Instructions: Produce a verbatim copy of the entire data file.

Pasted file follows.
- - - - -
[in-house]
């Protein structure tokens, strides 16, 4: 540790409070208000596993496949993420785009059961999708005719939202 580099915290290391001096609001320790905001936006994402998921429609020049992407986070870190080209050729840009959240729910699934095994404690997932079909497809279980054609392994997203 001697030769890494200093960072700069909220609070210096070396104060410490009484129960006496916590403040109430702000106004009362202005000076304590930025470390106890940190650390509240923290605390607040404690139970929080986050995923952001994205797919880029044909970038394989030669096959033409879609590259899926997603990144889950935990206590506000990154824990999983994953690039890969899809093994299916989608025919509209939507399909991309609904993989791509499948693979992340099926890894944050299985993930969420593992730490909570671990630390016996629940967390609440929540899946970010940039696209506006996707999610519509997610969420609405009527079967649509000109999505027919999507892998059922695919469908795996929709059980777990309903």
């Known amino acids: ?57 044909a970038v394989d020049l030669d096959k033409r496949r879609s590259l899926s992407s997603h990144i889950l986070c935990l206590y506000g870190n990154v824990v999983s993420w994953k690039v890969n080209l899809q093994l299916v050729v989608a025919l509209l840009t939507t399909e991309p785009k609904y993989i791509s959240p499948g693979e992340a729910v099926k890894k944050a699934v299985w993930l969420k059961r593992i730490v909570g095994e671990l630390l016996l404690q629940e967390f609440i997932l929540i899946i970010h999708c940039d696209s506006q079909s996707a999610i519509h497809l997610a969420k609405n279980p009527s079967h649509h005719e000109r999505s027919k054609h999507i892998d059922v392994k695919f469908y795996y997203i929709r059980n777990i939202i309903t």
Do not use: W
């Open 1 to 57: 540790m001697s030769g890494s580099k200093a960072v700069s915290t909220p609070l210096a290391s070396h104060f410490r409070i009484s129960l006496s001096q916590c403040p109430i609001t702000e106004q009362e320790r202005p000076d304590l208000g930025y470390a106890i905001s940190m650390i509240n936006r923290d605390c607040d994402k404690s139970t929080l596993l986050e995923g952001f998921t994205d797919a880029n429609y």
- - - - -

[in-house]
């Protein structure tokens, strides 16, 4: 540790409070208000596993496949993420785009059961999708005719939202 580099915290290391001096609001320790905001936006994402998921429609020049992407986070870190080209050729840009959240729910699934095994404690997932079909497809279980054609392994997203 001697030769890494200093960072700069909220609070210096070396104060410490009484129960006496916590403040109430702000106004009362202005000076304590930025470390106890940190650390509240923290605390607040404690139970929080986050995923952001994205797919880029044909970038394989030669096959033409879609590259899926997603990144889950935990206590506000990154824990999983994953690039890969899809093994299916989608025919509209939507399909991309609904993989791509499948693979992340099926890894944050299985993930969420593992730490909570671990630390016996629940967390609440929540899946970010940039696209506006996707999610519509997610969420609405009527079967649509000109999505027919999507892998059922695919469908795996929709059980777990309903």
């Known amino acids: ?57 044909a970038v394989d020049l030669d096959k033409r496949r879609s590259l899926s992407s997603h990144i889950l986070c935990l206590y506000g870190n990154v824990v999983s993420w994953k690039v890969n080209l899809q093994l299916v050729v989608a025919l509209l840009t939507t399909e991309p785009k609904y993989i791509s959240p499948g693979e992340a729910v099926k890894k944050a699934v299985w993930l969420k059961r593992i730490v909570g095994e671990l630390l016996l404690q629940e967390f609440i997932l929540i899946i970010h999708c940039d696209s506006q079909s996707a999610i519509h497809l997610a969420k609405n279980p009527s079967h649509h005719e000109r999505s027919k054609h999507i892998d059922v392994k695919f469908y795996y997203i929709r059980n777990i939202i309903t």
Do not use: W
């Open 1 to 57: 540790m001697s030769g890494s580099k200093a960072v700069s915290t909220p609070l210096a290391s070396h104060f410490r409070i009484s129960l006496s001096q916590c403040p109430i609001t702000e106004q009362e320790r202005p000076d304590l208000g930025y470390a106890i905001s940190m650390i509240n936006r923290d605390c607040d994402k404690s139970t929080l596993l986050e995923g952001f998921t994205d797919a880029n429609y």